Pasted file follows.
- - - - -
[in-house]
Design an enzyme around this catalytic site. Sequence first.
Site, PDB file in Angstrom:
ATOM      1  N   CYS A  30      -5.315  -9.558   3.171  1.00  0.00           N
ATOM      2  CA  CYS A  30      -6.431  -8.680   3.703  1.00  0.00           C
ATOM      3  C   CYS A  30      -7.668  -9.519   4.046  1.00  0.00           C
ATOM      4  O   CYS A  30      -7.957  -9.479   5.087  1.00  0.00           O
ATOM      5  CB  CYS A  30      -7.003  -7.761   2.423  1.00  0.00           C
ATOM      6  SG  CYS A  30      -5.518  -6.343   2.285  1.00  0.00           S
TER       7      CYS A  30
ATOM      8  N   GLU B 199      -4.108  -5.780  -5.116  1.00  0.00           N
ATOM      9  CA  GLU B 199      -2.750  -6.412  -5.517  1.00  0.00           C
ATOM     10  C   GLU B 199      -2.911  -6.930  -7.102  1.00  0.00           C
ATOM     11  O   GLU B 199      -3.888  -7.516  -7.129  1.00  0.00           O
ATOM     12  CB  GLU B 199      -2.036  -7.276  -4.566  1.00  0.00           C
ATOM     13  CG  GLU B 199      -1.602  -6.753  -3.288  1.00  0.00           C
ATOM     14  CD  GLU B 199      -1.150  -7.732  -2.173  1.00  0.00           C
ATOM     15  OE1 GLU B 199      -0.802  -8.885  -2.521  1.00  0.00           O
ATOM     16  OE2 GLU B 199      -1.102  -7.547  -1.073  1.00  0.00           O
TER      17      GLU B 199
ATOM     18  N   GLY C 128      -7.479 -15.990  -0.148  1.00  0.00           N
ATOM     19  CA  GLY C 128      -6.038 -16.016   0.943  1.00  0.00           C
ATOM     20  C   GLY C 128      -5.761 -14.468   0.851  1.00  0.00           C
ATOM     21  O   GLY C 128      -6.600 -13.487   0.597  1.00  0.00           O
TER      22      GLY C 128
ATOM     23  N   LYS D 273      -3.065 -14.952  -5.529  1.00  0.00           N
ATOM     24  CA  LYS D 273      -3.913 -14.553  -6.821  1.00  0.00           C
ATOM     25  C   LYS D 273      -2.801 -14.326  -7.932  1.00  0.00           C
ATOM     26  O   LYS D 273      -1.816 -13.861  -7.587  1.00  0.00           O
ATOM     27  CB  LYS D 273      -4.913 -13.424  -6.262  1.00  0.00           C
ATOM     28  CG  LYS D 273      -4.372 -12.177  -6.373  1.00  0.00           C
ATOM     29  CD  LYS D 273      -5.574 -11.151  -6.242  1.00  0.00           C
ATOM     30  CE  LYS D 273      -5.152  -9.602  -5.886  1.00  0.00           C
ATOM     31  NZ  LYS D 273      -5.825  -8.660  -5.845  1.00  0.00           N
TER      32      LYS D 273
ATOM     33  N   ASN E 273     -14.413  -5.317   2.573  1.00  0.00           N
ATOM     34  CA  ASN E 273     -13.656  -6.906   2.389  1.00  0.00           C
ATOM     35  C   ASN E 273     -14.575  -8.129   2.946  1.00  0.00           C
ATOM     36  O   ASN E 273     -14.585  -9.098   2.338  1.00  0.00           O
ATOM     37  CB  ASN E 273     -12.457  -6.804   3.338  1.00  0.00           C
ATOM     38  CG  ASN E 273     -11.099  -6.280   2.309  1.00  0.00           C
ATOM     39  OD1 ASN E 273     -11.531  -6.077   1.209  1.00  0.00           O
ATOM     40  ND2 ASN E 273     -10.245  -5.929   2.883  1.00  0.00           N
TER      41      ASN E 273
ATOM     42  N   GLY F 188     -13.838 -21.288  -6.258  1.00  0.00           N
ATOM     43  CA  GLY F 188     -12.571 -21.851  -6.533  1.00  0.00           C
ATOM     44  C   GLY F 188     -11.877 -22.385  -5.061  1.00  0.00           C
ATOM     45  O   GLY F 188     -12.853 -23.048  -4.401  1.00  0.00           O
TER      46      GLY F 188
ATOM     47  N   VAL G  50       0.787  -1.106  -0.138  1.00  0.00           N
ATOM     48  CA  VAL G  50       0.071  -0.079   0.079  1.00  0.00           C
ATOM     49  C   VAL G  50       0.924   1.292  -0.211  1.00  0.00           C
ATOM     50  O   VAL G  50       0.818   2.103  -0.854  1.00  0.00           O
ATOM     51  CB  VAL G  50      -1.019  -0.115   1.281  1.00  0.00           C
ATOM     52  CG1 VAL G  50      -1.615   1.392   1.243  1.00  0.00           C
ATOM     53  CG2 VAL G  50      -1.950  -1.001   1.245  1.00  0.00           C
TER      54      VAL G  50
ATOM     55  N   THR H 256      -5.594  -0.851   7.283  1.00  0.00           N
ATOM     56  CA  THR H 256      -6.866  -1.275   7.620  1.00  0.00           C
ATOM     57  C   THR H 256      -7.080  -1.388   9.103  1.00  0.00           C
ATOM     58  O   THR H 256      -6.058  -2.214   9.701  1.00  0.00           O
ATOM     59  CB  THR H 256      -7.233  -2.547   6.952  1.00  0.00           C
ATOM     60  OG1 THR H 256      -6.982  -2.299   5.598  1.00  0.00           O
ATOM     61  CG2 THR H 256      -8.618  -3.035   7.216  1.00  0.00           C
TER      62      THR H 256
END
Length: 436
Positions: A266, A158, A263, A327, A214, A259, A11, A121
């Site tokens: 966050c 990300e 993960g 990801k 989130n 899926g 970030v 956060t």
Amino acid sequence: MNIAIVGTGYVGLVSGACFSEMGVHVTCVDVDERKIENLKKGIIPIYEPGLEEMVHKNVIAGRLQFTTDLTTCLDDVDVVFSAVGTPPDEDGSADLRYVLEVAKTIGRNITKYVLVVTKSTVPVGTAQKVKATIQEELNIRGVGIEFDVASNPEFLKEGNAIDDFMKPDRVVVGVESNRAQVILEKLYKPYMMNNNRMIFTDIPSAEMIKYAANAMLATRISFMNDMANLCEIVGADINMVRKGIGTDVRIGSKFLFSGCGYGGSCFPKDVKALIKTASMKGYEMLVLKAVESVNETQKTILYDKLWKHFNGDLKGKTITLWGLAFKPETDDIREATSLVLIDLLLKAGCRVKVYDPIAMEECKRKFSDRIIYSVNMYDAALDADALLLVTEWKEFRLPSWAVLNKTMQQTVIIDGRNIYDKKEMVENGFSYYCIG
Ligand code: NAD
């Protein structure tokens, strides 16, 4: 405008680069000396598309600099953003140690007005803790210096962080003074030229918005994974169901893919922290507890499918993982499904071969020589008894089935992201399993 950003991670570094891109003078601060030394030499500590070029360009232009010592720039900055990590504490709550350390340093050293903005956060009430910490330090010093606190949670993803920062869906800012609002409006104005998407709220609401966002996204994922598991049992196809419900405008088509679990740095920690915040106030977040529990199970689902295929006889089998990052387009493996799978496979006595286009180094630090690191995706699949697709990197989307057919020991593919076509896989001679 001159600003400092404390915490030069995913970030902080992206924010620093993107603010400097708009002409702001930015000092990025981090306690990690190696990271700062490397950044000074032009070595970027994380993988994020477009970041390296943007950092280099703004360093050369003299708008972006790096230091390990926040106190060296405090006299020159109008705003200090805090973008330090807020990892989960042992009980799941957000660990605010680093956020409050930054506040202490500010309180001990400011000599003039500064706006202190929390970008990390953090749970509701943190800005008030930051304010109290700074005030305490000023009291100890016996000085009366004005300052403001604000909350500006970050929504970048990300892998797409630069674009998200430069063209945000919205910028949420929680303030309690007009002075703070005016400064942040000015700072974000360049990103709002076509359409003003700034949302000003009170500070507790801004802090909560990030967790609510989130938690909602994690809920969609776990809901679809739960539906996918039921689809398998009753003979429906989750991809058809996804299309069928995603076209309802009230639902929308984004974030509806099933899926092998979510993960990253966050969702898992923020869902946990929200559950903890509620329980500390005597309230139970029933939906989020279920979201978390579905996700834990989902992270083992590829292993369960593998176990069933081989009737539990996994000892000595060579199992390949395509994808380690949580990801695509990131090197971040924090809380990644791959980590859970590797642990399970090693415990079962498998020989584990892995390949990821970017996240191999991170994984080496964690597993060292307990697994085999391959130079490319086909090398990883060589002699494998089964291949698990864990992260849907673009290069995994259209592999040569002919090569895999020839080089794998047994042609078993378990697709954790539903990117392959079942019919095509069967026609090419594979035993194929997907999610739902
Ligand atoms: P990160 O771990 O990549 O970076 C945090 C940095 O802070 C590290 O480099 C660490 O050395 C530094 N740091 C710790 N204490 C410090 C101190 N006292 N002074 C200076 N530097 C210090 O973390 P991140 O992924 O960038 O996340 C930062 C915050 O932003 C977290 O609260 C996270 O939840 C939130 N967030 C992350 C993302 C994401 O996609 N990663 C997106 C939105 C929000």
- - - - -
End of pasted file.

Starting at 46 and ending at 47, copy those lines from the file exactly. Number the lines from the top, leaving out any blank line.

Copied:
ATOM     43  CA  GLY F 188     -12.571 -21.851  -6.533  1.00  0.00           C
ATOM     44  C   GLY F 188     -11.877 -22.385  -5.061  1.00  0.00           C